I couldn’t resist that pun, even if I am hardly the first to make it. (More likely, one of the last!)
When Activision Blizzard announced its fourth quarter financials for 2010, they took the opportunity to say that further development of the Guitar Hero franchise is being halted. Lackluster sales and a decline in the overall popularity of the music games genre as a whole are given as cause.
SAD TO SEE YOU GO, HERO
Guitar Hero has been a mainstay in library games programming for several years, so this will have an impact on what we do. You’ll certainly be able to continue offering GH and RockBand successfully for a little while longer. However, you’ll want to be watching for the next big game too, if your players are coming for the hottest and newest. Once a franchise is shelved like this, interest quickly wanes.
This is just a fact of life when dealing with console and video games. After a time, they get played out. Are you still getting players to show up for Dance Dance Revolution? Probably not.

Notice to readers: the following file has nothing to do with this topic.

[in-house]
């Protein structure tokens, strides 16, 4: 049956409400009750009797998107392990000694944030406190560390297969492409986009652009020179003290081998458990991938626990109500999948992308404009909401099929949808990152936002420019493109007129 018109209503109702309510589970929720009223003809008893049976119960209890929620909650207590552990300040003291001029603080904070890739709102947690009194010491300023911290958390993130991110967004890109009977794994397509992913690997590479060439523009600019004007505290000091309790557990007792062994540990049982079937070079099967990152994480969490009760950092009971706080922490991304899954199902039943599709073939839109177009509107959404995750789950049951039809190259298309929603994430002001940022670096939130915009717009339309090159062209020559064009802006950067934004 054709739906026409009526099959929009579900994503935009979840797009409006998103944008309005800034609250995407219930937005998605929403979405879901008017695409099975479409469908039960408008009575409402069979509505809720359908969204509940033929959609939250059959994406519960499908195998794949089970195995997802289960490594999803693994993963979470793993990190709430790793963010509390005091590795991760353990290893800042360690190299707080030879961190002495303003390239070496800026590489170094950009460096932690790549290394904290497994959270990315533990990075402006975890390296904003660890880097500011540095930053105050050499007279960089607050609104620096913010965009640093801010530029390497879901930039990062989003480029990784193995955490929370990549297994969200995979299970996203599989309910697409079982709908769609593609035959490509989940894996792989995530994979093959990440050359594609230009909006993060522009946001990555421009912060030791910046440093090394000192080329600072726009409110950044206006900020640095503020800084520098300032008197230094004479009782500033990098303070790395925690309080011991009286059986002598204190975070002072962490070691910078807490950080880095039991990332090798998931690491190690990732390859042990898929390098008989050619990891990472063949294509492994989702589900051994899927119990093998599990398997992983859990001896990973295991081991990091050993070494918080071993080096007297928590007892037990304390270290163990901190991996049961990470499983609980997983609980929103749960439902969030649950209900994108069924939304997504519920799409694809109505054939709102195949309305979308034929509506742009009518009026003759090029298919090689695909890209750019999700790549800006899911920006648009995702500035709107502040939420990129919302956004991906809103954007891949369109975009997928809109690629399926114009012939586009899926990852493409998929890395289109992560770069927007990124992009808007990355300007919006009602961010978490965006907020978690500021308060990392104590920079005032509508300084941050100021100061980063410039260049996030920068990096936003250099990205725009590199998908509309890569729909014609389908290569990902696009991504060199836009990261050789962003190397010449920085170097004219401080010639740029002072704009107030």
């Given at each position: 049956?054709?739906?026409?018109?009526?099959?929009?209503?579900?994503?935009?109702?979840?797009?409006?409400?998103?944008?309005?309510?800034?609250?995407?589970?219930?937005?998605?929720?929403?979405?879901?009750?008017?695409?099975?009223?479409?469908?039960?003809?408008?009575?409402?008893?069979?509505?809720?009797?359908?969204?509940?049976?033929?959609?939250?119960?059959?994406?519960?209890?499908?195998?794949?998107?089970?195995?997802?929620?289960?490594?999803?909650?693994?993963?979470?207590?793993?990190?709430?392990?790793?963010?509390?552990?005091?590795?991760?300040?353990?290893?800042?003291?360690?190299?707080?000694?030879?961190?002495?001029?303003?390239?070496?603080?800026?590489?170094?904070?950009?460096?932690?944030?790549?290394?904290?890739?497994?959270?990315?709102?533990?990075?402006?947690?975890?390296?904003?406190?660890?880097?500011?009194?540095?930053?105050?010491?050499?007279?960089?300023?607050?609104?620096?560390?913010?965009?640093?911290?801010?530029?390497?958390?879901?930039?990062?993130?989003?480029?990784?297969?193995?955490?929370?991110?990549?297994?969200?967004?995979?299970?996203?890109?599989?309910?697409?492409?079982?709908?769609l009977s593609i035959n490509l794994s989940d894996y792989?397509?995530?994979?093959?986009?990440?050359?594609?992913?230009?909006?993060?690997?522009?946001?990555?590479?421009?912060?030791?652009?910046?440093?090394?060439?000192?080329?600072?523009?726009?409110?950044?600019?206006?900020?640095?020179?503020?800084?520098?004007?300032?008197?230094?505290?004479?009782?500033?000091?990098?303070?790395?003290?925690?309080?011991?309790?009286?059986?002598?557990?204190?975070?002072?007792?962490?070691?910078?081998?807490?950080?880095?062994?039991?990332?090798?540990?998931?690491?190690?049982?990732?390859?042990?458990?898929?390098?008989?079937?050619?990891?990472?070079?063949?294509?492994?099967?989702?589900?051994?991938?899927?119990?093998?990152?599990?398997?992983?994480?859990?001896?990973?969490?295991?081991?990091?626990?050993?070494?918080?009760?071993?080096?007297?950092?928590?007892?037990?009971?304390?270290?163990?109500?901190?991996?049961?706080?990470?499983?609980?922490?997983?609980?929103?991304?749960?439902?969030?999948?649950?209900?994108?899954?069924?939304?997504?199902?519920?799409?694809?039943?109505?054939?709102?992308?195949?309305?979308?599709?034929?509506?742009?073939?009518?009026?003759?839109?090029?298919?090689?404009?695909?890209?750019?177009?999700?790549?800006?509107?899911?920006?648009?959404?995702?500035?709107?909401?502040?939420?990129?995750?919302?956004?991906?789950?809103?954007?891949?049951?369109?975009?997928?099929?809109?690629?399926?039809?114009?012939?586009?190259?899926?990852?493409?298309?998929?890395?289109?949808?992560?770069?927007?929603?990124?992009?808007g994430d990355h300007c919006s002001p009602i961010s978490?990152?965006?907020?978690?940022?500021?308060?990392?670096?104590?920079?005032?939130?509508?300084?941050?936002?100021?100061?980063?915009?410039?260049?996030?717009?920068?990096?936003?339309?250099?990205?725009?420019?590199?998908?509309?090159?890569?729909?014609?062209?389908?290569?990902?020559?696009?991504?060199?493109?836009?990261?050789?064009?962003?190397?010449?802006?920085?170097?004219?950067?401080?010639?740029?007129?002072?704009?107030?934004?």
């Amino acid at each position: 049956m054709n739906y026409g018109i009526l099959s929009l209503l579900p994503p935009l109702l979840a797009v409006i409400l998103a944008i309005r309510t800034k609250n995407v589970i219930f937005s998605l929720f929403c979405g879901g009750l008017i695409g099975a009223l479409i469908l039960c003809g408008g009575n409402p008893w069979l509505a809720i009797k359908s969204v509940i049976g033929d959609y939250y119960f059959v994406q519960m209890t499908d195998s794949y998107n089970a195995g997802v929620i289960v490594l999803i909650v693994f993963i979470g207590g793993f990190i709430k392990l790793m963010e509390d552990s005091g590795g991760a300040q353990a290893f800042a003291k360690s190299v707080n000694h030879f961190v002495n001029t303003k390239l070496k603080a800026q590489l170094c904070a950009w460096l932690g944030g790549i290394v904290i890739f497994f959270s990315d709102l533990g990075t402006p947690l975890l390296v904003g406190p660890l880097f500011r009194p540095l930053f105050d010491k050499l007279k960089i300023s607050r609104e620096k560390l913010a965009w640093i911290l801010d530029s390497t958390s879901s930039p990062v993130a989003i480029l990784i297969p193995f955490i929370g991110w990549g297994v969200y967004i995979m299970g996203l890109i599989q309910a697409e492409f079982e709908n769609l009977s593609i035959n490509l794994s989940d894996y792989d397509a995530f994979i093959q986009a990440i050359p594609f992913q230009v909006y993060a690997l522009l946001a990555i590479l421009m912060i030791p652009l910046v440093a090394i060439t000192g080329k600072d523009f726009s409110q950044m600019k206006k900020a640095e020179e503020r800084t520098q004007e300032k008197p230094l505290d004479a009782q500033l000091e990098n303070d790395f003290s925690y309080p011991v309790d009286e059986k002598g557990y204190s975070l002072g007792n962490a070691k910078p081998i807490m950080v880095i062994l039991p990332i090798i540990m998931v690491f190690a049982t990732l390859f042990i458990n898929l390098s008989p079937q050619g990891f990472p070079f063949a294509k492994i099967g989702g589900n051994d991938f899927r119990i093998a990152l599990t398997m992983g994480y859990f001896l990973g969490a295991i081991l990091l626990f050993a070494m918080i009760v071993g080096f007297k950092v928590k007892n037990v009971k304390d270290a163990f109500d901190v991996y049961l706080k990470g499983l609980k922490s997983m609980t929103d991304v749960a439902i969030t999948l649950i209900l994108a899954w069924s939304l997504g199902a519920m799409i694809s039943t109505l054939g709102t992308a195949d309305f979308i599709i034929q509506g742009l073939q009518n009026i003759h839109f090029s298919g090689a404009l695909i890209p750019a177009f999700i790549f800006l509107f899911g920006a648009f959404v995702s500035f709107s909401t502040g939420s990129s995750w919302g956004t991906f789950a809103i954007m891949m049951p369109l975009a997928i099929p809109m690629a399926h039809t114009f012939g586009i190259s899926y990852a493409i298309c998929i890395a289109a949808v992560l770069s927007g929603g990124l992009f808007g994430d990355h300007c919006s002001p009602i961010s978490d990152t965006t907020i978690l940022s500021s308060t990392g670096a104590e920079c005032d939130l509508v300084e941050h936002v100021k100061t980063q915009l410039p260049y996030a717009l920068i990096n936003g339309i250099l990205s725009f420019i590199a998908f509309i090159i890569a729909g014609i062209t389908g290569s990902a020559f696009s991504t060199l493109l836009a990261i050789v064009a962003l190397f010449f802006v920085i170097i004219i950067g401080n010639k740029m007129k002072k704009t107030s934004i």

MOVING RIGHT ALONG
What’s the next big thing? If I knew, I’d be buying stock. As it is, let me recommend thinking beyond, behind, and around the “hawtness.” Look into some of the games that allow players and fans to contribute to the whole experience by designing playable levels for sharing with others: Little Big Planet or Scratch come to mind. Broaden the appeal by having an art or fanfic writing contest, letting your patrons share their love for the heroic adventurers they’ve played in games of their own. Explore some of the gateway board games I’ve talked about in recent print columns (LJ, November and January). Maybe it’s time to start thinking about an ARG (alternate reality game) in your library, using some of Jane McGonigal’s ideas about how to make the whole world better through games. Librarybazaar blogger Fiacre has some fabulous ideas to get you started.
Sometimes a little change is good.